I was just going to suggest this, or something similar. OP - there are entire gyms all across the country full of men and women that would be happy to let you try to force them into a submissive position. Look for MMA or Brazilian jiu-jitsu - there are LOTS of good school in your area.

And I mention this for two reasons: The physical exertion is good for the mental health. Wailing on a heavy bag for 20 minutes or forcing yourself to do another set of drills for me anyway is a big stress release.

The second is the control. Rage is unwanted and out of place since you're just training, plus is will cause you to make mistakes. But as you're training to fight, you will need to use controlled aggression to dominate your partner.
posted by anti social order at 8:55 AM on January 28, 2010


Echoing batting cages. Yelling at people isn't going to make this go away, sitting with it, identifying it, examining it, all while wailing on an inanimate object whose entire purpose in life is to be wailed upon? That helps. Lots.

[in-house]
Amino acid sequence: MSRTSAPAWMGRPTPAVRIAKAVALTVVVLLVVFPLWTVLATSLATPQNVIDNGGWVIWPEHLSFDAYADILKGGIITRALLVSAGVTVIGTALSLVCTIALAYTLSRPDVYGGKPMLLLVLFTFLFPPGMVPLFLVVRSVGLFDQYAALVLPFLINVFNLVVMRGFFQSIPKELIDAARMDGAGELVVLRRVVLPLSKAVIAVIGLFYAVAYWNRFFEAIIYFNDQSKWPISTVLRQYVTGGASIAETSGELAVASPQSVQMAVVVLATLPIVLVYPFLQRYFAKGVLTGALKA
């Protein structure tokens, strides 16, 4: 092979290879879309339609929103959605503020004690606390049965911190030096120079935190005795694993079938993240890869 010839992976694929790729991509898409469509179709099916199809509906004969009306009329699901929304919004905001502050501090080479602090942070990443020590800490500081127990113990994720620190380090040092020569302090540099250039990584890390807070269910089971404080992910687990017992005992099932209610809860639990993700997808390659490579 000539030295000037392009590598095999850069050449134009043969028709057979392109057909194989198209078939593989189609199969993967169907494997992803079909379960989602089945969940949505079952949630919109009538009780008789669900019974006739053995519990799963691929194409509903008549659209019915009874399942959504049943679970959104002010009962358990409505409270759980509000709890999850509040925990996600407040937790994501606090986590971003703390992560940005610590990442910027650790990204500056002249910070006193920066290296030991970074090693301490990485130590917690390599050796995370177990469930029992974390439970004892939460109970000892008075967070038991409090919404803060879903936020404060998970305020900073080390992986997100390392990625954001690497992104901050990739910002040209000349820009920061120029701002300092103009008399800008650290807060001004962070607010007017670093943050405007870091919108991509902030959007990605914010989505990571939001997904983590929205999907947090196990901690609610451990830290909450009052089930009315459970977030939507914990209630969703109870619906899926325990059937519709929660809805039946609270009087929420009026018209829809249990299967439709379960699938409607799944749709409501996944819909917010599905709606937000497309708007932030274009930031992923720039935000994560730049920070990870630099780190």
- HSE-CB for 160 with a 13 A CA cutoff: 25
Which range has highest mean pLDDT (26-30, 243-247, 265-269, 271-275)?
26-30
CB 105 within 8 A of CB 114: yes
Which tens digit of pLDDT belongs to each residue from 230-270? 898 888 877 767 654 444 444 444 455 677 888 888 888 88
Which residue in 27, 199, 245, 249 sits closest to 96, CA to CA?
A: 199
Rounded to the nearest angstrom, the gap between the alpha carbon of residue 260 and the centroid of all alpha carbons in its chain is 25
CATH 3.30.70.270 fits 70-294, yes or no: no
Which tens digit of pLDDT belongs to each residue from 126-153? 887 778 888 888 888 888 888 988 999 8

posted by togdon at 8:59 AM on January 28, 2010


Please do not get involved in any form of BSDM. There are carefully structured rules to keep both parties unharmed, which includes safe words and pre-agreed upon arrangements, and I don't think you have the emotional control to be a safe dominant. Doms and subs are supposed to provide pleasure for each other, and you seem to be very self-interested without care for the well-being of the other person. Instead, how about boxing, ultimate fighting, or other sports where you have referees to keep the boundaries in place?
posted by lychee at 9:09 AM on January 28, 2010


The difference between mindfulness and meditation. Well, one is part of the other but they don't have to be the same thing.